Young’s Modulus

With Shape-Out, it is possible to translate the measured area and deformation to the Young’s modulus based on numerical simulation for fully elastic spheres according to Mokbel et al. [MMM+17].

The theoretical background, including the computation of the viscosity for the MC-PBS media used in RT-DC, is discussed in more detail in the dclab docs.


For reservoir data, the Young’s modulus cannot be computed. The corresponding options are hidden.

Parameter settings


Fig. 15 Temperature taken from the metadata.


Fig. 16 Use the temperature (temp) feature.

The parameters for computing the Young’s modulus can be set in the Dataset tab of the Analysis View. The Young’s modulus is computed using a precomputed look-up table and additionally depends on channel width, flow rate, pixel size (pixelation correction), and viscosity. For known media, such as CellCarrier, the viscosity can be derived from channel width, flow rate, and temperature. In some RT-DC setups, the chip temperature is recorded during the measurement. For instance, in Fig. 15, the average chip temperature of 22.5°C from the [setup] metadata section is used. The value of the resulting viscosity is shown below. If the chip temperature is recorded for each event, then the user may select the From feature option (Fig. 16). In this case, the Young’s modulus is computed from the individual viscosities for each event.


Fig. 17 Temperature outside of known range.

If the temperature is not given as a feature or as metadata, then you may select the temperature manually. This case is visualized in Fig. 17. Here, the temperature is purposely set outside of the known range defined in [BBN+23], which is highlighted by coloring the viscosity red.


Fig. 18 Manually set the viscosity.

You may also set the viscosity manually by selecting other as a medium (Fig. 18). In this case, the values for temperature are irrelevant. Please only use this option if you know what you are doing (e.g. you have considered shear-thinning and temperature-dependence [BBN+23, Her17]).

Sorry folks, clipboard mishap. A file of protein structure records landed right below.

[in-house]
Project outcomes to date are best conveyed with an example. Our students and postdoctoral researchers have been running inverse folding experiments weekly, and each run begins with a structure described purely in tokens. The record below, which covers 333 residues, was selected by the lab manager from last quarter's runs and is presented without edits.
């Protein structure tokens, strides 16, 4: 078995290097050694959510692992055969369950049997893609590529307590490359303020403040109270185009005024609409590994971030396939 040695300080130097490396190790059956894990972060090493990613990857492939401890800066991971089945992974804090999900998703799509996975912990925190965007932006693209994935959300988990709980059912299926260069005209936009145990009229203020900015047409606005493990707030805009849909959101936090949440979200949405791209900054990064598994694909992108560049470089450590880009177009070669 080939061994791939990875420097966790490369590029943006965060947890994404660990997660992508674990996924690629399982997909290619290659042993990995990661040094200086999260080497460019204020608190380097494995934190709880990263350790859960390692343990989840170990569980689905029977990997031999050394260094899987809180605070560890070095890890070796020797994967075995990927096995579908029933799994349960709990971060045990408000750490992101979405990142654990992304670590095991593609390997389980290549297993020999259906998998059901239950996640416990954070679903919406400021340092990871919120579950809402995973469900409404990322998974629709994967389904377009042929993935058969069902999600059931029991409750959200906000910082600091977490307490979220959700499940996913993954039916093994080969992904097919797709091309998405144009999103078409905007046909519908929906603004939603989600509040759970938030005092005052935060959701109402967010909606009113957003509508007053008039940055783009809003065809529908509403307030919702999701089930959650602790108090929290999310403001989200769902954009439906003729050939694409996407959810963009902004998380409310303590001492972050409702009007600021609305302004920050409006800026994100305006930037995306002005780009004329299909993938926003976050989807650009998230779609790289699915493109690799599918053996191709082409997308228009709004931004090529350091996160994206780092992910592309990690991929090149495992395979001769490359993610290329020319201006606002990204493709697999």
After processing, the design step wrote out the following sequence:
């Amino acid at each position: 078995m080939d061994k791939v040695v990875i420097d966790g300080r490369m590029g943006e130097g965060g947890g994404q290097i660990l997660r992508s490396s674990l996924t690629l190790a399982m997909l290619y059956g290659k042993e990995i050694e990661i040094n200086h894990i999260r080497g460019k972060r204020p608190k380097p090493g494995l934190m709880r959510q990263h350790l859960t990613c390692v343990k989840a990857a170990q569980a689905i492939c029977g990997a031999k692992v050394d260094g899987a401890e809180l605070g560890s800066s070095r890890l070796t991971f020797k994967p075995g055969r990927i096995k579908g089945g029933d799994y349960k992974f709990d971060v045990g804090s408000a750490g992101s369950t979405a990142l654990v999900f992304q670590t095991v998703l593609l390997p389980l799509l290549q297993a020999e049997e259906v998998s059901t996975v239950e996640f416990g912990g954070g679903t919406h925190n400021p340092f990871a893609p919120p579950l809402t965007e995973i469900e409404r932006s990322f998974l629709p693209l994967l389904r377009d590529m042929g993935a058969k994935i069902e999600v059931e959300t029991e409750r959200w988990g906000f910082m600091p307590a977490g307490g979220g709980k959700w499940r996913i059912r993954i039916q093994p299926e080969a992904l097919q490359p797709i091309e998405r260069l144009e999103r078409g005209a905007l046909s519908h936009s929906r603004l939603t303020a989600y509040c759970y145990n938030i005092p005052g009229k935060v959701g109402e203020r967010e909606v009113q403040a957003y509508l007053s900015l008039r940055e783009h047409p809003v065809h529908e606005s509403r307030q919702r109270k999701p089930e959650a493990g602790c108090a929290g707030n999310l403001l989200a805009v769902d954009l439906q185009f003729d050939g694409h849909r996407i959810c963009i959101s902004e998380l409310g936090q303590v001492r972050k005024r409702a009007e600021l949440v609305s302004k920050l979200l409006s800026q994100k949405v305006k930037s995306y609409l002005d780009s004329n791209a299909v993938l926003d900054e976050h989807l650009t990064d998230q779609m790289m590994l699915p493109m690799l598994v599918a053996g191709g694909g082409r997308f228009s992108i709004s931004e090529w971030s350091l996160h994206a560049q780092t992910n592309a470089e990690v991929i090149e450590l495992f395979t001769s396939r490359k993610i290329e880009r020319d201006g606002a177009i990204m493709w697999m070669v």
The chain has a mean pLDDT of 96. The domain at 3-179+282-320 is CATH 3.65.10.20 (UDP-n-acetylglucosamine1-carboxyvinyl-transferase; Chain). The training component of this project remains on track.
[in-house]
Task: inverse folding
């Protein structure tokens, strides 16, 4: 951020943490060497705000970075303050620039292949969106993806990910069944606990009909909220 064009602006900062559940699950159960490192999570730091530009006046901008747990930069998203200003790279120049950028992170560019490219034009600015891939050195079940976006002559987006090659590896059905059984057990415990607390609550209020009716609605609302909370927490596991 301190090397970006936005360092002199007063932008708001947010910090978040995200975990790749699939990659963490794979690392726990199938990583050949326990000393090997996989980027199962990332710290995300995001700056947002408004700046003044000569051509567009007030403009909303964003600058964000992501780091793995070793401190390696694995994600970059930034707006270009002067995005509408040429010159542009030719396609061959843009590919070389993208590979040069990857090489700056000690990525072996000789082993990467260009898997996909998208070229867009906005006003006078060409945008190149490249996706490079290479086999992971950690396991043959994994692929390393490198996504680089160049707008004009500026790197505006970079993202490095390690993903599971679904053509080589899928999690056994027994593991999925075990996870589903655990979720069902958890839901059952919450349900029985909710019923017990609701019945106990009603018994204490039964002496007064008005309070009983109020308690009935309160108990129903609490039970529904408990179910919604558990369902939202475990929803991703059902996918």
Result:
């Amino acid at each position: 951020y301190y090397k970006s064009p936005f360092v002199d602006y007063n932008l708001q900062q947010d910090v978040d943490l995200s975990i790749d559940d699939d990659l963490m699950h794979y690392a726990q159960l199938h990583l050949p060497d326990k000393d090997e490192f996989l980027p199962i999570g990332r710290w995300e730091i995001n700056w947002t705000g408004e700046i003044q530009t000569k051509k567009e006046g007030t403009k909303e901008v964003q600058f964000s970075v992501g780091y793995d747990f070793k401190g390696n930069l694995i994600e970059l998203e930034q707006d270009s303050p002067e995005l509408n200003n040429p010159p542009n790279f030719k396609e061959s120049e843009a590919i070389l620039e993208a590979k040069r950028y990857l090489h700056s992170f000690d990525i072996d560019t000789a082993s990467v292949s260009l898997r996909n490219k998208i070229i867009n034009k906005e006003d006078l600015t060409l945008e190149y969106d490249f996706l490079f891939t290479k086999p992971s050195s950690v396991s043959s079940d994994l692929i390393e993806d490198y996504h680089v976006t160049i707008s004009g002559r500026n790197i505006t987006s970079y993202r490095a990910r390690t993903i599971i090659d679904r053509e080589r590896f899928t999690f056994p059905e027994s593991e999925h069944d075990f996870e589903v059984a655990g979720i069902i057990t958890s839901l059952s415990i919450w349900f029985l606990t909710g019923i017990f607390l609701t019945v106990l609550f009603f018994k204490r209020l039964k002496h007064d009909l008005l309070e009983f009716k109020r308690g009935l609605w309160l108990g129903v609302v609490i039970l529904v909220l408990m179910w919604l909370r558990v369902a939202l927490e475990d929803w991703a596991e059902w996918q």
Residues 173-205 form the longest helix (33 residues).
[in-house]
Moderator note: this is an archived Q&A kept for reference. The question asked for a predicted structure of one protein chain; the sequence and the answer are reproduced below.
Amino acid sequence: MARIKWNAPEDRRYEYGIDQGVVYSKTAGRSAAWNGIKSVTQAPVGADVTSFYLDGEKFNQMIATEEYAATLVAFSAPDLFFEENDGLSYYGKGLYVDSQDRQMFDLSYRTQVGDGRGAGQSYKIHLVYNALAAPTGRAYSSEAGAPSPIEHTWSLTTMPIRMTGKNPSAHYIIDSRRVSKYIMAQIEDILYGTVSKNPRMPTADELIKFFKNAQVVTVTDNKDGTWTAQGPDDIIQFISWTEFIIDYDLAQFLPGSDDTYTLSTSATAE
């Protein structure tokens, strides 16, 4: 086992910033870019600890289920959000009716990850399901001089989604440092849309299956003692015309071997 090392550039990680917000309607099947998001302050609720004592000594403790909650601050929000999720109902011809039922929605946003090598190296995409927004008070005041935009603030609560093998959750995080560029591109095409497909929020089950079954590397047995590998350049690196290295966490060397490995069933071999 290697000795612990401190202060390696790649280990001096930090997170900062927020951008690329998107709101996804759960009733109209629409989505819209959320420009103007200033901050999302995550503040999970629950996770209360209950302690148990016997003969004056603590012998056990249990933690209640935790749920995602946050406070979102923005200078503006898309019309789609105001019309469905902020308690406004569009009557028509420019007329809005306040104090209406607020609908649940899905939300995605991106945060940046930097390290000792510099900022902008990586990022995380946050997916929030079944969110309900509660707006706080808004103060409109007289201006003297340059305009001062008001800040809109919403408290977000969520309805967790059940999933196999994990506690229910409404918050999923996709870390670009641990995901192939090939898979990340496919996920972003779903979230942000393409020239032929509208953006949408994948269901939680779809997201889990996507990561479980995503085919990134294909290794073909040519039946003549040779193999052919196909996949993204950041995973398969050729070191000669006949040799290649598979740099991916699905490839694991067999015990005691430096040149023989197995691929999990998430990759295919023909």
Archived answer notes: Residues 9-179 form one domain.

Click Apply for any changes to take effect. The Young’s modulus is then available for the selected dataset.


In order to prevent users from doing a wrong analysis, Shape-Out does not allow users to change the buffer in the Dataset tab if CellCarrier, CellCarrier B or water/PBS were selected in Shape-In. Therefore, the analysis of the Young’s modulus cannot be re-done for a different buffer.

Bulk actions

The Bulk action menu has an entry for Young’s modulus computation. In the associated dialog you can set the corresponding parameters for all datasets of the current session. Note that the options in this dialog do not necessarily reflect the options available for the individual datasets. Only valid options are adopted. For instance, you will not be able to change the medium for a dataset if a medium is already given in its metadata. To verify the options set, you can always check the current setting via the Analysis View (see above).


The computation of the Young’s modulus is valid only for objects that initially have a spherical shape. In addition, the deformation and size values must be in a “valid region”. Events outside this region will have a nan-valued (not a number) Young’s modulus. Note that as a result, these events will be excluded from all plots when remove invalid events is checked in the Filter configuration tab.


Fig. 19 Visualizations of the support and the values of the look-up table (LUT) used for determining the Young’s modulus from deformation and cell area. The values of the Young’s moduli in the regions shown depend on the channel size, the flow rate, the temperature, and the viscosity of the medium [MOG+15]. Here, they are computed for a 20 µm wide channel at 23°C with an effective pixel size of 0.34 µm. The viscosity of the MC-PBS buffers is computed according to [BBN+23] and the data are corrected for pixelation effects according to [Her17].

The invalid regions (white in the figure above) include objects that are very small or objects with very low deformation values. The reason for that is a very steep increase of the Young’s modulus with little decrease in deformation that could potentially result in very large simulation errors. In addition, regions with high deformation are invalid as well, because the simulations do not converge (objects simulated with lower Young’s moduli become more and more elongated until they rupture). In practice, this means that the channel size has to be selected carefully to match the object sizes. Larger object sizes require wider channels if meaningful values for the Young’s modulus are to be computed.

In the following, additional visualizations for other commonly used channel sizes and flow rates are shown:



As described above, the Young’s modulus can be derived in multiple ways, for known media and global or event-based temperature values. The underlying implementation is described in the dclab docs.